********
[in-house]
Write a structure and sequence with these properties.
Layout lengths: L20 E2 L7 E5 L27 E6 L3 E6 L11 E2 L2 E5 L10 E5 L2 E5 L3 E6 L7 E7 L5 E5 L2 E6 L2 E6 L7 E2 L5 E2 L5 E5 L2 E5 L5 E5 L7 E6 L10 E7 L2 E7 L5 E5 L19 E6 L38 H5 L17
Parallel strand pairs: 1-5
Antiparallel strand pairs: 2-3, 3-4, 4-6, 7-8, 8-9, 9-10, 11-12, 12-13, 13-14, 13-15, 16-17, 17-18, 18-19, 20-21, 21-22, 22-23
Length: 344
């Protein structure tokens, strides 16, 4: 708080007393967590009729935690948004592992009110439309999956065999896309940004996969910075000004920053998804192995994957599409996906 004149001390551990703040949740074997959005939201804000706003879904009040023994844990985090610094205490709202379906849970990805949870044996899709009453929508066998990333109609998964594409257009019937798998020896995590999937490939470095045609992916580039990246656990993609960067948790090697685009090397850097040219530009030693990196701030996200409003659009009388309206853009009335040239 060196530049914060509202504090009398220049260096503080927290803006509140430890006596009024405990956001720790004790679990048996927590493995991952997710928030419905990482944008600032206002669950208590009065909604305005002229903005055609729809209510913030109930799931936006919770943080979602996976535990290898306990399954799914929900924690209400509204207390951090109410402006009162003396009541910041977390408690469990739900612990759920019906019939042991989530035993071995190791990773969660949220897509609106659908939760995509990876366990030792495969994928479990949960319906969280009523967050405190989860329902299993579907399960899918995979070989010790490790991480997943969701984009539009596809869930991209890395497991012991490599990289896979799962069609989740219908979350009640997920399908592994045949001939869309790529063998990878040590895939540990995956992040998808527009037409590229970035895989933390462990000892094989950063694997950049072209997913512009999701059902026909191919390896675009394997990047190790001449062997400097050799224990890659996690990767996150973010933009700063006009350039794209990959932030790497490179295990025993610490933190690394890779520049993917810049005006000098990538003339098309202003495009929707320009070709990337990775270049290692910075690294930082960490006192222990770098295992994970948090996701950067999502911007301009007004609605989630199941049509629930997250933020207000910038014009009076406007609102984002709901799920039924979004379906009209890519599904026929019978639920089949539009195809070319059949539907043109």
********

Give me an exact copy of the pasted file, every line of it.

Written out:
[in-house]
Write a structure and sequence with these properties.
Layout lengths: L20 E2 L7 E5 L27 E6 L3 E6 L11 E2 L2 E5 L10 E5 L2 E5 L3 E6 L7 E7 L5 E5 L2 E6 L2 E6 L7 E2 L5 E2 L5 E5 L2 E5 L5 E5 L7 E6 L10 E7 L2 E7 L5 E5 L19 E6 L38 H5 L17
Parallel strand pairs: 1-5
Antiparallel strand pairs: 2-3, 3-4, 4-6, 7-8, 8-9, 9-10, 11-12, 12-13, 13-14, 13-15, 16-17, 17-18, 18-19, 20-21, 21-22, 22-23
Length: 344
């Protein structure tokens, strides 16, 4: 708080007393967590009729935690948004592992009110439309999956065999896309940004996969910075000004920053998804192995994957599409996906 004149001390551990703040949740074997959005939201804000706003879904009040023994844990985090610094205490709202379906849970990805949870044996899709009453929508066998990333109609998964594409257009019937798998020896995590999937490939470095045609992916580039990246656990993609960067948790090697685009090397850097040219530009030693990196701030996200409003659009009388309206853009009335040239 060196530049914060509202504090009398220049260096503080927290803006509140430890006596009024405990956001720790004790679990048996927590493995991952997710928030419905990482944008600032206002669950208590009065909604305005002229903005055609729809209510913030109930799931936006919770943080979602996976535990290898306990399954799914929900924690209400509204207390951090109410402006009162003396009541910041977390408690469990739900612990759920019906019939042991989530035993071995190791990773969660949220897509609106659908939760995509990876366990030792495969994928479990949960319906969280009523967050405190989860329902299993579907399960899918995979070989010790490790991480997943969701984009539009596809869930991209890395497991012991490599990289896979799962069609989740219908979350009640997920399908592994045949001939869309790529063998990878040590895939540990995956992040998808527009037409590229970035895989933390462990000892094989950063694997950049072209997913512009999701059902026909191919390896675009394997990047190790001449062997400097050799224990890659996690990767996150973010933009700063006009350039794209990959932030790497490179295990025993610490933190690394890779520049993917810049005006000098990538003339098309202003495009929707320009070709990337990775270049290692910075690294930082960490006192222990770098295992994970948090996701950067999502911007301009007004609605989630199941049509629930997250933020207000910038014009009076406007609102984002709901799920039924979004379906009209890519599904026929019978639920089949539009195809070319059949539907043109």